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Delta Fuel Co. v. Loyed

Court of Appeals of Louisiana, Third Circuit

April 20, 2017



          Jennifer L. Anderson C. Parker Kilgore Jones Walker, LLP ATTORNEY FOR PLAINTIFF/APPELLEE Delta Fuel Company, et al.

          Ravi Sangisetty Michael Lillis ATTORNEY FOR INTERVENOR/APPELLANT Herring Gas Company, Inc.

          Robert Landry Tanner Magee Landry Magee, LLC ATTORNEY FOR DEFENDANT/APPELLANT Eddie Loyed

          Court composed of Sylvia R. Cooks, Shannon J. Gremillion, and Phyllis M. Keaty, Judges.


         This appeal arises out of Defendant, Eddie Loyed's, prior employment with Plaintiff, Delta Fuel Company, Inc. and his present employment with Herring Gas Company, Inc. At issue is an "At Will Employment Agreement" (hereafter Agreement) executed between Loyed and Delta Fuel on June 14, 2010.

         Loyed worked in various capacities for Delta Fuel beginning with his hiring in April of 2010. Loyed initially drove a truck that supplied propane and other petroleum products to various businesses. After receiving additional training from Delta Fuel, Loyed was named the Southern District Propane Manager for the Natchez, Mississippi branch of Delta Fuel. His responsibilities included day-today management of Delta Fuel's propane business in the Southern District, which included various parishes in Louisiana and counties in Mississippi. Loyed prepared pricing information for current and potential clients, identified potential clients, solicited business from potential clients, and maintained client/prospect information. According to Delta Fuel, as a high ranking employee, Loyed had access to significant confidential and proprietary business information related to customers. This confidential and proprietary information included customer lists, customer financial information, marketing materials, pricing arrangements and business plans. Delta Fuel maintained if this information was obtained by a competitor, it would give a significant advantage to any competitor seeking to service Delta Fuel's customers.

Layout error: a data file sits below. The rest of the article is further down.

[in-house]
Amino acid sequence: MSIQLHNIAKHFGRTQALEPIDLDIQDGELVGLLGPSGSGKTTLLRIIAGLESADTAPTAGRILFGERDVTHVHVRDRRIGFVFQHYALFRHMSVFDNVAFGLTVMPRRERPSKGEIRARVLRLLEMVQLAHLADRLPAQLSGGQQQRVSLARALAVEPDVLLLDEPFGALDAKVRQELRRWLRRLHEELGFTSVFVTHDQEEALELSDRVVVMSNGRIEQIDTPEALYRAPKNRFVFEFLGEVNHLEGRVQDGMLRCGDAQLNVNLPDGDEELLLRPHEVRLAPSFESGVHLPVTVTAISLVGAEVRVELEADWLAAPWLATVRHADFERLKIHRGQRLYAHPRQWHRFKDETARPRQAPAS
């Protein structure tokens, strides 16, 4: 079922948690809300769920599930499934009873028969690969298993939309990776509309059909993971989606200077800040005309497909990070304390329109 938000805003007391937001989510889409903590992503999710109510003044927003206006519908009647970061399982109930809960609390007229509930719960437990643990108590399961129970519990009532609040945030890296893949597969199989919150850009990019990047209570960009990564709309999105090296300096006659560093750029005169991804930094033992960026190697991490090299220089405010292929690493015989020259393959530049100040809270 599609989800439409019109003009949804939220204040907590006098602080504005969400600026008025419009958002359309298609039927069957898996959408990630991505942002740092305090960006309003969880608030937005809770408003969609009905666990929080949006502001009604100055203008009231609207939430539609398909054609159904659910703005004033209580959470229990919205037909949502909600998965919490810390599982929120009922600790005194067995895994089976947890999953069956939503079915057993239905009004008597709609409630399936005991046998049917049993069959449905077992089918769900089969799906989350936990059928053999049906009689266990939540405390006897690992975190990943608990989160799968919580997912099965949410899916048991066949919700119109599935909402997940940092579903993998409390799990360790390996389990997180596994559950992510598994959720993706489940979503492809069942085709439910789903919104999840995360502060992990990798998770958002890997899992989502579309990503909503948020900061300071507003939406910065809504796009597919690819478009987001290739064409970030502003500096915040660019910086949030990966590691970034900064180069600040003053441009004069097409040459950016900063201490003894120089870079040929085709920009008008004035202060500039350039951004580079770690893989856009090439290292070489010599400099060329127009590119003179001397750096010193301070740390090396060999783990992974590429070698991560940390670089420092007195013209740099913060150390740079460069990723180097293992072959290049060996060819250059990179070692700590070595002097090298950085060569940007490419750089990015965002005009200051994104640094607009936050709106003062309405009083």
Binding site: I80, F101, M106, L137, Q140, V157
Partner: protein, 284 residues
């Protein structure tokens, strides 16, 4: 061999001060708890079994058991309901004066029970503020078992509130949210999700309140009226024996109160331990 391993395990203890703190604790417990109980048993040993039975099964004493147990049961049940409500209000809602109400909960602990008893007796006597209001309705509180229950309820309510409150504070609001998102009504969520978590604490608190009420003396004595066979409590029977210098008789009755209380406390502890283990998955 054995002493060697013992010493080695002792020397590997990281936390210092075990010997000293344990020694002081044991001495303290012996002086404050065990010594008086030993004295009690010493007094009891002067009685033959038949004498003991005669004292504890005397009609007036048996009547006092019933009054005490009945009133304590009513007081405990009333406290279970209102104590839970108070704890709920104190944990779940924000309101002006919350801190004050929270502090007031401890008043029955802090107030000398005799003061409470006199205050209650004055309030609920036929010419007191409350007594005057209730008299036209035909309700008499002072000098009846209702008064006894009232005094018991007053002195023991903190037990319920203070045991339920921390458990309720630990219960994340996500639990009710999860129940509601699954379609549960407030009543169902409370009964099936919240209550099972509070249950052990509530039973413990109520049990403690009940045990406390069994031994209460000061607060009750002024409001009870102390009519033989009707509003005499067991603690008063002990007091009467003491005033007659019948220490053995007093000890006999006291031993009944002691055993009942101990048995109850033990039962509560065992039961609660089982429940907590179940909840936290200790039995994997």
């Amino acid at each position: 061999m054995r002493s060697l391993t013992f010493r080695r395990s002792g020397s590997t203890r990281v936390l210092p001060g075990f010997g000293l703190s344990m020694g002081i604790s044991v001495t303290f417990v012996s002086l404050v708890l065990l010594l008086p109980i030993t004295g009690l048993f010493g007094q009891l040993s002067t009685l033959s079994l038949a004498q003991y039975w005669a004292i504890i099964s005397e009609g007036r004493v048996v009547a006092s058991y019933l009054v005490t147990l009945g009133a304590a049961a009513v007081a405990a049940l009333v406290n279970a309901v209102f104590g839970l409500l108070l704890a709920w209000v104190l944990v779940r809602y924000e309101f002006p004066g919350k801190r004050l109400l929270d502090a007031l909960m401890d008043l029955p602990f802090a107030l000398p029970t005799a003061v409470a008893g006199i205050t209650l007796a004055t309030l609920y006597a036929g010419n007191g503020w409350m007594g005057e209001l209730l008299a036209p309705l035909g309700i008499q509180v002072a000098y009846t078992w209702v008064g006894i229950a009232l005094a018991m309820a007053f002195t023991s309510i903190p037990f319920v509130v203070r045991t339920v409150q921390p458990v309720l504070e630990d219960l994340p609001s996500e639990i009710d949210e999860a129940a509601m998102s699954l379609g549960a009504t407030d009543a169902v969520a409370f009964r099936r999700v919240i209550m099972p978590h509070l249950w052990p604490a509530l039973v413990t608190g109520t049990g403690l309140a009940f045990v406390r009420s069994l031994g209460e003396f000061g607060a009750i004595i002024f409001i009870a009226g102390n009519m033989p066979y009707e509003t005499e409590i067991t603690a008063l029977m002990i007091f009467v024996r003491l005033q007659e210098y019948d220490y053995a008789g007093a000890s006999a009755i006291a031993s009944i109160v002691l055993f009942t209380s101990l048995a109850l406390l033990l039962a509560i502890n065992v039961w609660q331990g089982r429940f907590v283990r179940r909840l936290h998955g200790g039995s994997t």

According to Delta Fuel, it had an issue with another former employee, and in 2010, asked all current employees to review and enter into non-compete agreements. Loyed was given a copy of the non-compete agreement and could have consulted an attorney if he so chose. He signed the non-compete agreement on June 14, 2010.

          Following a drop in oil prices and general slowdown in the oil business in early 2016, Delta Fuel underwent internal restructuring. Some employees in the Natchez office were laid off, but Loyed maintained his employment, salary and benefits, although it was testified that the ability of employees to work overtime hours was largely eliminated. Loyed was asked to resume driving a propane delivery truck to make deliveries to customers, rather than some of his prior managerial duties. Loyed let it be known to his supervisors and co-workers that he was considering other employment. According to Steve Wiggington, a Divisional Manager for Delta Fuel who was Loyed's supervisor, he was asked by Loyed if Delta Fuel would enforce his non-compete agreement if he resigned. Wiggington told Loyed that it would be enforced. Loyed also asked the same question to Victoria Bourke, who was responsible for the implementation of the non-compete agreements, and was told by her Delta Fuel would likely enforce the non-compete agreement.